I love that on Twitch there have been some EDM artists showing their process or giving feedback to other people’s music. That’s all very helpful too! In the past years I’ve watched a ton of tutorials and even went to school for music, so today the best and most fun way for me to keep learning is to create more!

What is the last YouTube tutorial you watched that you would recommend to other Re-Ex Members?

I love this video where Finneas shows how he made a bunch of Billie Eilish’s songs and a few others. It’s so cool seeing how a producer as talented as him uses real-life sounds and learning about his workflow. The way he thinks about music is so interesting. You will most likely learn something new from this video. If not, you will at least feel super inspired!


What knowledge or advice do you wish you'd learned earlier?

That anything you do or plan on doing and achieving is going to take longer than you think.

What challenges related to making music do you face and how do you overcome them?

The biggest challenge for me is to not compare myself or my music to other artists and their music. There is a lot to learn from critically listening to music from your favourite artists as well as other artist friends you might have. But you have to pay attention and learn what works and why in their music without asking yourself if it is better or worse than what you are making. There is a really fine line between referencing other people’s music and comparing yours to theirs. This goes together with the problem of comparing your success to that of others.

We are all on different paths so it's not fair to compare yourself to others. Writer’s block for me comes from this. Even if you are subconsciously comparing yourself or your work. I have to remind myself sometimes to stop caring and to just have fun and trust myself and my creativity.  When I get in the flow or in the zone, I have the best time and that’s when I create music that I love. Mental things like this are difficult to deal with and it takes practice to overcome them. This the most annoying challenge I have but I’m definitely doing better at it now than like a year ago.

Can you share any killer tips or techniques?

A killer tip that I received while at Icon was to have a template for your DAW! If you open a new project and you already have your groups and channels sorted and colour-coded and all the settings, levels, etc. are set up the way you like them, it will be much easier to create songs. This tip, combined with imagining and marking the sections of the song was a game-changer for me. It allowed me to turn 8 bar loops into full songs instead of getting stuck in them. When you have a template you can see all the sounds you need to complete a song. You basically just have to fill in the blanks with your creativity.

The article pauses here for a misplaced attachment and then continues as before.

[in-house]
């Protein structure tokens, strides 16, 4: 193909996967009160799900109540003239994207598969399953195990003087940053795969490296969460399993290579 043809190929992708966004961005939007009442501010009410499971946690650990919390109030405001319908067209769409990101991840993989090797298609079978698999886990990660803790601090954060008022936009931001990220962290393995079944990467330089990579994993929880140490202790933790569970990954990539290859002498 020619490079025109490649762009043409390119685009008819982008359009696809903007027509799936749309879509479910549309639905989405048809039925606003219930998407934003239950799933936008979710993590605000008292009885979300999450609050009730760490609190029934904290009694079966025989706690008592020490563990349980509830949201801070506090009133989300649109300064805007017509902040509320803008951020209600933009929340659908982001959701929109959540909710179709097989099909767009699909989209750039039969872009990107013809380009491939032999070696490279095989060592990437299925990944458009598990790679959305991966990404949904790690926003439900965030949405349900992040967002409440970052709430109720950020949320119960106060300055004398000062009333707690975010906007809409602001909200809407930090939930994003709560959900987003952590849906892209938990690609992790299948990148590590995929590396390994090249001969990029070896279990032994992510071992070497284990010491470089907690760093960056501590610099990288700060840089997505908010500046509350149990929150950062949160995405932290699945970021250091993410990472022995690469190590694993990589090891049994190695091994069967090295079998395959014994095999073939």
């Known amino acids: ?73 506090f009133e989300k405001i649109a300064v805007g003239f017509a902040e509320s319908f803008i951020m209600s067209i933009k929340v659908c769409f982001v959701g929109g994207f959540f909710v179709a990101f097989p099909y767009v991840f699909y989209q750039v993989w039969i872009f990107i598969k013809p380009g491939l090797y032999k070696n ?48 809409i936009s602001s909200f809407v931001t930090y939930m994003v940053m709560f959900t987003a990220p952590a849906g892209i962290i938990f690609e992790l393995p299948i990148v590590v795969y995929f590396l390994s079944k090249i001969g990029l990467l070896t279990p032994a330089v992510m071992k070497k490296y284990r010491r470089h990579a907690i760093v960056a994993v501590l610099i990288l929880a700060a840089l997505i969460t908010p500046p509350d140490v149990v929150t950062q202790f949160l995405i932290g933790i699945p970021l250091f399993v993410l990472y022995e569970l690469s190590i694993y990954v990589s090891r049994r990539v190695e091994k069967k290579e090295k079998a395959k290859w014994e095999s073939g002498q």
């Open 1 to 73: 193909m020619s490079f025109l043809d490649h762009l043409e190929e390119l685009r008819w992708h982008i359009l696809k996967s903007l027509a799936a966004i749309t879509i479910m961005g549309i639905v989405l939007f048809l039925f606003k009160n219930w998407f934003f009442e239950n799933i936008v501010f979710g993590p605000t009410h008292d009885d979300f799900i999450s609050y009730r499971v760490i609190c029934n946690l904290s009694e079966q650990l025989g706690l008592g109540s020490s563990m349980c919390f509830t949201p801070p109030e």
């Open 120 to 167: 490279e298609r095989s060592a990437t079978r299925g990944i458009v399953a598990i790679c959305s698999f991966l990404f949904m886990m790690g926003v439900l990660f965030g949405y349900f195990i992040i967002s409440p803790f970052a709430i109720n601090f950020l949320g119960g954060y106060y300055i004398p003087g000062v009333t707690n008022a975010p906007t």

However, I never use every channel that is part of my template and sometimes I add new ones, it depends on the song. It’s not set in stone, especially because I make different styles of music, but it is a really helpful general idea of the sounds I will need to have a complete song. To make yourself a template, just look at all your past projects and notice what they all have in common and start there. As I learn new things and evolve my workflow, my template also changes.

Do you use any online tools to assist with the production process?

Splice is the only online tool I use. I get a lot of samples from there. Sometimes I use them exactly how they are, sometimes I use a little piece, sometimes I turn them into something completely different, and sometimes they just serve as an inspiration and don’t even use them. Another cool thing that I’ve done a few times when I had trouble starting something cool, is to find a loop on Splice and copy the rhythm with a different sound that I make and start from there.

Do you try and get feedback or suggestions to improve your music?

Yes, as I mentioned earlier, my Icon friends and I send each other music for feedback. We have a group chat where we sometimes send private links for everyone to listen and give their thoughts on it. Also, I can always count on my future self to give me feedback. After I release a song I listen to it with different ears and usually hear something to improve that I didn’t hear before putting it out. By that point, it’s too late to fix that specific song, but I learn from it to make the next one a little better.

Which track are you most proud of and why?

The song I am most proud of is not even out yet! But out of the ones I have out right now, I will go with 'Til the Pain Goes'. I learned so many different things while making that song and it was the first one where I recorded myself. There are a couple of sounds in there that were actually made with my voice and then processed a bunch. Also, I love the dark vibe and it’s a banger. I played it out on a few DJ sets before the pandemic and it sounded sick on the big sound systems.

Has RepostExchange affected the way you make music?

I love that I found it and I am able to share my music with more people and see that they enjoy it as much as I do.

Desert Island Gear

Top L-R: Pioneer DDJ 1000 controller, Dell XPS 15 Laptop

Bottom L-R: Ableton Live 10, KRK Rokit Classic 5 speakers, AKG K240 headphones

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This interview has been lightly edited for brevity and clarity. This article was originally published July 2020.